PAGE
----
Getting to Know: Bob Wheaton | ParkRecord.com

Getting to Know: Bob Wheaton

Bob Payne

Long a highly regarded force in the Utah hospitality and ski industries, Bob Wheaton is currently transitioning from his role as President and Chief Operating Officer of Deer Valley Resort, which he joined in 1980, to that of an advisor for Alterra Mountain Company, which owns the resort. A ski instructor since the age of 15, Wheaton says the transition does not mean he will have more time to ski, because, "In season, I have always skied every day anyway."

Q: Which job requires more understanding of human nature: ski instructor or Chief Operating Officer?

A: I don't know if there is a big difference, except for the scope. A ski instructor needs to assess the athletic, verbal, and non-verbal attributes of one person who is looking for guidance. A COO basically needs to do the same, except, as is the case at Deer Valley, for a staff of 3,000.

Q: What skill would you most like to possess that you don't currently?

A: If I could have a do-over, I would focus on being able to speak a couple of different languages. When I'm communicating with international guests and people I meet when traveling in connection with the Ski World Cup, or Winter Olympics, or World Ski Championships, I wish I could speak with them in their home language. I have, however, gotten pretty good at hand signals.

Q: What skill that you do have would most surprise your friends?

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A: My friends know me pretty well, so few surprises there. But professionally every once in a while I get raised eyebrows from engineers who think I'm a ski bum and COO who couldn't possibly know anything about electrical, structural, and mechanical design, which I have a background in.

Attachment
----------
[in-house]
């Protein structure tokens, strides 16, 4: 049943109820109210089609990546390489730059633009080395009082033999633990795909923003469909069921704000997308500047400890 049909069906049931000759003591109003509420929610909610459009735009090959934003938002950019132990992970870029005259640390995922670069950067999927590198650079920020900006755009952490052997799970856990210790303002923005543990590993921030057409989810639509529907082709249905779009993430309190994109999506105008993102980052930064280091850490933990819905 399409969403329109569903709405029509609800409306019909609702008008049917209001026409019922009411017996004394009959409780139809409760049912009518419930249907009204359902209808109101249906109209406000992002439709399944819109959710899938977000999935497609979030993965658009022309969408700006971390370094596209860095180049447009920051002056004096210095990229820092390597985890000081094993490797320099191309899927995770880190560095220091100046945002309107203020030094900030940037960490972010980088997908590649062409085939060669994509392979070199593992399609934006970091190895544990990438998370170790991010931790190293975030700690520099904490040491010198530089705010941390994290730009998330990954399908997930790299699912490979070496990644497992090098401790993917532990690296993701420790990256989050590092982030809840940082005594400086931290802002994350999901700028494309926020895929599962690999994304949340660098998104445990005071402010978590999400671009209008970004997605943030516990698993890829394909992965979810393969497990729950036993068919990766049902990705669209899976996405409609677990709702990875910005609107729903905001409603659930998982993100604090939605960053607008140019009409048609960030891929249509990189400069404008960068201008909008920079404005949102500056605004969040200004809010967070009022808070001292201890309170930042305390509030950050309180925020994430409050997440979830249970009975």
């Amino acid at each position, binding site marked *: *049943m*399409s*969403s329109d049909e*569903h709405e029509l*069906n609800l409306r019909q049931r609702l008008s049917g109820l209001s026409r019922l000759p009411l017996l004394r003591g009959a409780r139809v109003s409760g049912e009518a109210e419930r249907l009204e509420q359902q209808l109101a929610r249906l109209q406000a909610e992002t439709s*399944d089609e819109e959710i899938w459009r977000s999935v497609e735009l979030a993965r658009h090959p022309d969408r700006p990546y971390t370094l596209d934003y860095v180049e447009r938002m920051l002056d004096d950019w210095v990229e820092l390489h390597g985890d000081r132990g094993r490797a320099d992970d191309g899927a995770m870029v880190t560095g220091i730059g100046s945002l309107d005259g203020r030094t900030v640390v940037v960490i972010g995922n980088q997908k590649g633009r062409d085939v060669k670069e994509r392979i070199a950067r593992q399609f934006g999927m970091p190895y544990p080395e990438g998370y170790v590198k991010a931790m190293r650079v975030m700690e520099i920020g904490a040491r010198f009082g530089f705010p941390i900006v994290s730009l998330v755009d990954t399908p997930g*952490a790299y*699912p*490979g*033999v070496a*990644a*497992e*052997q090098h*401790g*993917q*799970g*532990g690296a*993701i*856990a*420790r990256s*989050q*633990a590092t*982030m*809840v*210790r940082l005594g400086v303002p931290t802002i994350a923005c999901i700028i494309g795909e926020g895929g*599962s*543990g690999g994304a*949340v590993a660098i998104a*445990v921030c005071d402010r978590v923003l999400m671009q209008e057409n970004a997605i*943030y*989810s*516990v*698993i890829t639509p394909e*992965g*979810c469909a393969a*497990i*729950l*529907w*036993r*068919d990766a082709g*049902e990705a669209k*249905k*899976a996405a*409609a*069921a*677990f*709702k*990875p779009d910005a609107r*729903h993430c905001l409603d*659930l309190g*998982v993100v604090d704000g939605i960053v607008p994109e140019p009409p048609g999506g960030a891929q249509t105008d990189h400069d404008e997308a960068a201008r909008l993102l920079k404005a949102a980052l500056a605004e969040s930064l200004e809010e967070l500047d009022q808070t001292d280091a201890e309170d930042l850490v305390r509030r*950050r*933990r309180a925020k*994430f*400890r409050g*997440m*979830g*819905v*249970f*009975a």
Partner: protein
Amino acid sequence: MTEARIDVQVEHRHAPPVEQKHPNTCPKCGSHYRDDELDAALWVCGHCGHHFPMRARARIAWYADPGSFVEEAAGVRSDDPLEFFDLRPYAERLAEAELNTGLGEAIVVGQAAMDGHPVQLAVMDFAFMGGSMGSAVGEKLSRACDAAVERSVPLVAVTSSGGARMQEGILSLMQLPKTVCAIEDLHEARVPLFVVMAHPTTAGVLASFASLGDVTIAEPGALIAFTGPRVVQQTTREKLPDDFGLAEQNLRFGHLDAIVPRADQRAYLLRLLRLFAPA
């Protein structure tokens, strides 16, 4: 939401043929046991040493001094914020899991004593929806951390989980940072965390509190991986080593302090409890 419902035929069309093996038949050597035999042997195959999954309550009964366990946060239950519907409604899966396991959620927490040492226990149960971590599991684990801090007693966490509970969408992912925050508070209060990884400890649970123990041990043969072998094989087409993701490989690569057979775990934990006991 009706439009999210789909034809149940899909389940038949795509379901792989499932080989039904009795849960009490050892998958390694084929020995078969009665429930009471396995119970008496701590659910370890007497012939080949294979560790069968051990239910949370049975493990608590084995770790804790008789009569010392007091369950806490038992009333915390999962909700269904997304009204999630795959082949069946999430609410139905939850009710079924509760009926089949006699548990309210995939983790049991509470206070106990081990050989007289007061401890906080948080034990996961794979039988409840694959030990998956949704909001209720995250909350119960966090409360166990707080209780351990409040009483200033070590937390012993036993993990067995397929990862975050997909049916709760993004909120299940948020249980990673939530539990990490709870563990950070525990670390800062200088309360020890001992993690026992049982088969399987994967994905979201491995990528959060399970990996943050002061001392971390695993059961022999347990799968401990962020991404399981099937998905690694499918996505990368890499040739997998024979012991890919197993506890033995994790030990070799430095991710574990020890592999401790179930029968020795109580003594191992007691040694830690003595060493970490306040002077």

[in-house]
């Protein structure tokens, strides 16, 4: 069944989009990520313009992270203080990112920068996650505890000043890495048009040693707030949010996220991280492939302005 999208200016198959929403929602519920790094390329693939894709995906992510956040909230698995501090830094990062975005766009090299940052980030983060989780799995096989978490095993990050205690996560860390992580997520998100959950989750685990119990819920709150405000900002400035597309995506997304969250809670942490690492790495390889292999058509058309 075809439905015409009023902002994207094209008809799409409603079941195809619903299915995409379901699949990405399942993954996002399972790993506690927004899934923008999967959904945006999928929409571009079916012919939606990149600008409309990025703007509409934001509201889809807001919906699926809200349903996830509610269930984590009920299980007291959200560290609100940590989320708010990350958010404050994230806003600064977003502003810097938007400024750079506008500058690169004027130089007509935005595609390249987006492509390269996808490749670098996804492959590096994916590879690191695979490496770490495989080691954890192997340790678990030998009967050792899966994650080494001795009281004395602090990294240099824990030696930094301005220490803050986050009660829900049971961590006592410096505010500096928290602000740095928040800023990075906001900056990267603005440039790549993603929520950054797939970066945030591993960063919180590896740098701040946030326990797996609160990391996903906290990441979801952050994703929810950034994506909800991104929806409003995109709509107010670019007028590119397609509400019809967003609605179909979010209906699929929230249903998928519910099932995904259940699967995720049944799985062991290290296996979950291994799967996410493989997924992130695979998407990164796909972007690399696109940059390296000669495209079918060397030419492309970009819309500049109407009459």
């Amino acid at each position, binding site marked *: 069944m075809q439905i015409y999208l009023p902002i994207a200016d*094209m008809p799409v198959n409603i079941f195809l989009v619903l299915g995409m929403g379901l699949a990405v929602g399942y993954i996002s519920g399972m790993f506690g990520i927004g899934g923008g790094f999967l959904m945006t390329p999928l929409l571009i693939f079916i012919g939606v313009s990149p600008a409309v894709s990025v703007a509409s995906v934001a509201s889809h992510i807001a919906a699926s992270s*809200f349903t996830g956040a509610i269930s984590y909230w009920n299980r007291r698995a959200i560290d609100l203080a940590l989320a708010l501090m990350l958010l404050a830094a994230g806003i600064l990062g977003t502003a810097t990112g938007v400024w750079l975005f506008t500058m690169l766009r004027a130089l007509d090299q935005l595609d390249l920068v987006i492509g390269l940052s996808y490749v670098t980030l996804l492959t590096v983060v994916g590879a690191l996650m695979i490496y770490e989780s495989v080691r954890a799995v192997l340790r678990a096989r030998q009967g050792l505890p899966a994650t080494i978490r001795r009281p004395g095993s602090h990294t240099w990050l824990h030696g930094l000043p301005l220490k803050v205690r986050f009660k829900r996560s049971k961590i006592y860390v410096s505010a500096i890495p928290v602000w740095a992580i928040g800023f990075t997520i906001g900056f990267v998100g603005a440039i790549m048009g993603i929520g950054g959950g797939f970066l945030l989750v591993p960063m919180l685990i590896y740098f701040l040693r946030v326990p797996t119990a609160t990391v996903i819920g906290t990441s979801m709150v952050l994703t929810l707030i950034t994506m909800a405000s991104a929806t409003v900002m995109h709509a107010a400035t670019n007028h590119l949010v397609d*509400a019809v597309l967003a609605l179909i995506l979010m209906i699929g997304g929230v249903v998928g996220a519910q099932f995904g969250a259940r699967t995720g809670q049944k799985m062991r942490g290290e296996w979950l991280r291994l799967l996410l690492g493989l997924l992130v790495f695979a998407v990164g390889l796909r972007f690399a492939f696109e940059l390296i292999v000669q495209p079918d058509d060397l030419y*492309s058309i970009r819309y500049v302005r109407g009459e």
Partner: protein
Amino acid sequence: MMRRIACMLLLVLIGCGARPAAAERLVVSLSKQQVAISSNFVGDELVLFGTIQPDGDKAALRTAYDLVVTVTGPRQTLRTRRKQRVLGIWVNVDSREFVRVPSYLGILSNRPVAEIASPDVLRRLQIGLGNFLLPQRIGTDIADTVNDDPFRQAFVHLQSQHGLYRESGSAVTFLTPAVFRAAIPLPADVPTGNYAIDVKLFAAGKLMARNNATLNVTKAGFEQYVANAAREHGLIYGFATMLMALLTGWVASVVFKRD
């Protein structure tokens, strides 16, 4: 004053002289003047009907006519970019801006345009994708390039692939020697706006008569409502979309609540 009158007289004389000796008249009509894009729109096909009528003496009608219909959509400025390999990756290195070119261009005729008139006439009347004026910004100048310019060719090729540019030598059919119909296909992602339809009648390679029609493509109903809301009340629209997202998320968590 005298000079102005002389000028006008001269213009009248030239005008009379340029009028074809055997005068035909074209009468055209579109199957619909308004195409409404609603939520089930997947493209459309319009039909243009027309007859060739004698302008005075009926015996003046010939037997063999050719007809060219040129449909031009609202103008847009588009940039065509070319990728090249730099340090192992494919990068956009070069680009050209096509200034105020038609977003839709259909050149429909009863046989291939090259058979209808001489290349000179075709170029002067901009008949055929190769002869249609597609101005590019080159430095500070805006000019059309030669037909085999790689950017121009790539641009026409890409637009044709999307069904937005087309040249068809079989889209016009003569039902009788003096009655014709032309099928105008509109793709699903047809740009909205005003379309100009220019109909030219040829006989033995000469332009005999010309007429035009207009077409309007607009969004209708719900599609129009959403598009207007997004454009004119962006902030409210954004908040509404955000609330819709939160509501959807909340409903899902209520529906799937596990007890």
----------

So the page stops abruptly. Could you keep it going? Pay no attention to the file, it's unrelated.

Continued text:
Q: Do you feel most accomplished on the slopes or sitting behind your desk?

A: I kind of have two offices. One is maybe 8 by 12 feet with a chair for me and two more for visitors. The other one is all of the outdoors. That's where I talk with guests, so much so that I almost feel sorry for them. When I'm skiing alone I always go through the singles line, not the authorized one, which puts me on the chair with guests for at least six minutes and allows me to ask a thousand questions.

Q: Who in Park City do you think of as a superhero?

A: If I had to pick one it would be the late Bob Wells. He was our VP of Real Estate and Resort Planning at Deer Valley, and had an influence on just about everything that happened in Park City. He never called attention to himself. But once he'd identified a situation, he'd give just a slight nod of his head, and you could walk away knowing that things would start happening.

Q: Of your four decades of memories in Park City, which one has remained most vivid?

A: There are two that stand out. One is the first time I met Deer Valley founders Edgar and Polly Stern, back in 1980. That left an indelible stamp on me. We were doing a walkthrough of the lodges: all the bigwigs on the project, and me, the low man on the totem pole, carrying a clipboard and making notes. And on every question Edgar and Polly would ask me what I thought. What I thought was, "Holy smokes, they really do care what I think." The other was working with auto racing legend and Deer Valley partner Roger Penske. He believed in listening to the people who turned the wrenches and got the grease on their hands.

Q: If you could tweet only 140-characters of advice to Todd Shallan, your successor, what would they be?

A: Be kind. Be humble. Understand the guests and the staff, not necessarily in that order.

Q: What is your greatest extravagance?

A. I have two. The time my family and I spend on our ranch, and my love of fast cars, tractors, and pretty much anything else with a motor in it. Currently, among the vehicles you can find in my shop are seven tractors, a 1930 Model A pickup truck, and a rare 1970 ZR1 Corvette.

Q: What is the most enduring legacy the 2002 Winter Olympics left in Park City?

A: A sense of community, displayed in the way everybody came together to welcome the world. The level of camaraderie and municipal pride was incredible, and it has endured over the years.

Q: Family aside, what in your life has given you the most pleasure?

A: The honor of working side-by-side with the people on staff here at Deer Valley, and to get to know guests as I have.